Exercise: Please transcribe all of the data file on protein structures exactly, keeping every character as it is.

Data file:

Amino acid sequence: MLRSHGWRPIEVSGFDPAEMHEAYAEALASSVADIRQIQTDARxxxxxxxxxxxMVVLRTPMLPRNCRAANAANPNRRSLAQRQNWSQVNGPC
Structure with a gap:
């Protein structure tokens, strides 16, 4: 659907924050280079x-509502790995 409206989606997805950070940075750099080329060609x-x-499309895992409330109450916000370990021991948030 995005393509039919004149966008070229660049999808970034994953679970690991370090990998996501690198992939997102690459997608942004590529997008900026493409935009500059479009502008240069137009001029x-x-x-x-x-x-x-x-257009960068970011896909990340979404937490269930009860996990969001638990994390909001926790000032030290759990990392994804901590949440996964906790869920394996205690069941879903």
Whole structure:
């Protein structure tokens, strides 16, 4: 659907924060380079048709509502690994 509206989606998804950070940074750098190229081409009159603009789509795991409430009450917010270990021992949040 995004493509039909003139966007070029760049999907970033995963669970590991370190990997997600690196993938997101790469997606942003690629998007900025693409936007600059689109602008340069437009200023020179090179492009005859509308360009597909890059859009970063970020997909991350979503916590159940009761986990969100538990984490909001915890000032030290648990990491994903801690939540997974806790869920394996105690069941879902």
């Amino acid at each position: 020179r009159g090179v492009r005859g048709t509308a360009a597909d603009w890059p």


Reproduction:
Amino acid sequence: MLRSHGWRPIEVSGFDPAEMHEAYAEALASSVADIRQIQTDARxxxxxxxxxxxMVVLRTPMLPRNCRAANAANPNRRSLAQRQNWSQVNGPC
Structure with a gap:
């Protein structure tokens, strides 16, 4: 659907924050280079x-509502790995 409206989606997805950070940075750099080329060609x-x-499309895992409330109450916000370990021991948030 995005393509039919004149966008070229660049999808970034994953679970690991370090990998996501690198992939997102690459997608942004590529997008900026493409935009500059479009502008240069137009001029x-x-x-x-x-x-x-x-257009960068970011896909990340979404937490269930009860996990969001638990994390909001926790000032030290759990990392994804901590949440996964906790869920394996205690069941879903």
Whole structure:
């Protein structure tokens, strides 16, 4: 659907924060380079048709509502690994 509206989606998804950070940074750098190229081409009159603009789509795991409430009450917010270990021992949040 995004493509039909003139966007070029760049999907970033995963669970590991370190990997997600690196993938997101790469997606942003690629998007900025693409936007600059689109602008340069437009200023020179090179492009005859509308360009597909890059859009970063970020997909991350979503916590159940009761986990969100538990984490909001915890000032030290648990990491994903801690939540997974806790869920394996105690069941879902």
């Amino acid at each position: 020179r009159g090179v492009r005859g048709t509308a360009a597909d603009w890059p």